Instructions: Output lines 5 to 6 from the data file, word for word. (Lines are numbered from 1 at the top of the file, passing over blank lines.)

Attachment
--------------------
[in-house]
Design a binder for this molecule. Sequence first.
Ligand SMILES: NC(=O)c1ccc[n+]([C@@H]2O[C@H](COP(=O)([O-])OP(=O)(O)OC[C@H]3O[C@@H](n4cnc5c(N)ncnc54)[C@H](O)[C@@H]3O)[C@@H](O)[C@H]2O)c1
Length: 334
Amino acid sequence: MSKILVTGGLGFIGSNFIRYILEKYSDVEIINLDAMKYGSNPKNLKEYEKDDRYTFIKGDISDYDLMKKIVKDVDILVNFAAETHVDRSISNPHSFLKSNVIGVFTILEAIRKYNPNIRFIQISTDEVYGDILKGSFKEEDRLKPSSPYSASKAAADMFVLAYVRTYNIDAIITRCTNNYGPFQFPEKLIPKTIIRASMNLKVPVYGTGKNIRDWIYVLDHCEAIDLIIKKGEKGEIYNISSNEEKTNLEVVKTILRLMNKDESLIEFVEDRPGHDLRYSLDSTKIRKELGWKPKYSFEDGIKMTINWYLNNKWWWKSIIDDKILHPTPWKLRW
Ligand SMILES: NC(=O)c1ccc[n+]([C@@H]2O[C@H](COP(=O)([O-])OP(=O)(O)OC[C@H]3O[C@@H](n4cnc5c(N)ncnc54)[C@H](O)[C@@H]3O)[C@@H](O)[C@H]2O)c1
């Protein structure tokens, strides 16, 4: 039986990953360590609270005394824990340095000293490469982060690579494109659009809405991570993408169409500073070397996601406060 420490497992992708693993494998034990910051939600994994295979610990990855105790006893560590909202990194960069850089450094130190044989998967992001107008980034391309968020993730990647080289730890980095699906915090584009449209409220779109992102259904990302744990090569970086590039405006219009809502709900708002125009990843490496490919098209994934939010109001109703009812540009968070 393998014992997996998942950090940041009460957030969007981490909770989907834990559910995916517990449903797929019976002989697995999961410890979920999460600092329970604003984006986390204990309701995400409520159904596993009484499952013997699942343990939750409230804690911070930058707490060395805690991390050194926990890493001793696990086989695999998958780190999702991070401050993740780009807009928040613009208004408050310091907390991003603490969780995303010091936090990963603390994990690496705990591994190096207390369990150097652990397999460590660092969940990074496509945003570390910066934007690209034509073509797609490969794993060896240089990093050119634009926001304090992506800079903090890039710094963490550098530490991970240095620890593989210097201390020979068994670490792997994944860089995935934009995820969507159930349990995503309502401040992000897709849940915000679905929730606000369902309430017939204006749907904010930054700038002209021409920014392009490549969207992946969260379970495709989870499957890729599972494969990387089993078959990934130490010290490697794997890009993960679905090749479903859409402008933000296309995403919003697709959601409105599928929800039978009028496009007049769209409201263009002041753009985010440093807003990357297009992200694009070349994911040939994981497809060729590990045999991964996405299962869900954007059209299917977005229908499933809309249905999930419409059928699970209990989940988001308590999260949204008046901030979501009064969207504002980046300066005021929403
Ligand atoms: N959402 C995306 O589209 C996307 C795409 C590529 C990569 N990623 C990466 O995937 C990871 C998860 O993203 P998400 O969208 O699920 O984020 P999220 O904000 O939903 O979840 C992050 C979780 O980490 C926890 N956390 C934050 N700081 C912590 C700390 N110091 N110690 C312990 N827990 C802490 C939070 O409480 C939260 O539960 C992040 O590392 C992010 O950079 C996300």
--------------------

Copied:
Amino acid sequence: MSKILVTGGLGFIGSNFIRYILEKYSDVEIINLDAMKYGSNPKNLKEYEKDDRYTFIKGDISDYDLMKKIVKDVDILVNFAAETHVDRSISNPHSFLKSNVIGVFTILEAIRKYNPNIRFIQISTDEVYGDILKGSFKEEDRLKPSSPYSASKAAADMFVLAYVRTYNIDAIITRCTNNYGPFQFPEKLIPKTIIRASMNLKVPVYGTGKNIRDWIYVLDHCEAIDLIIKKGEKGEIYNISSNEEKTNLEVVKTILRLMNKDESLIEFVEDRPGHDLRYSLDSTKIRKELGWKPKYSFEDGIKMTINWYLNNKWWWKSIIDDKILHPTPWKLRW
Ligand SMILES: NC(=O)c1ccc[n+]([C@@H]2O[C@H](COP(=O)([O-])OP(=O)(O)OC[C@H]3O[C@@H](n4cnc5c(N)ncnc54)[C@H](O)[C@@H]3O)[C@@H](O)[C@H]2O)c1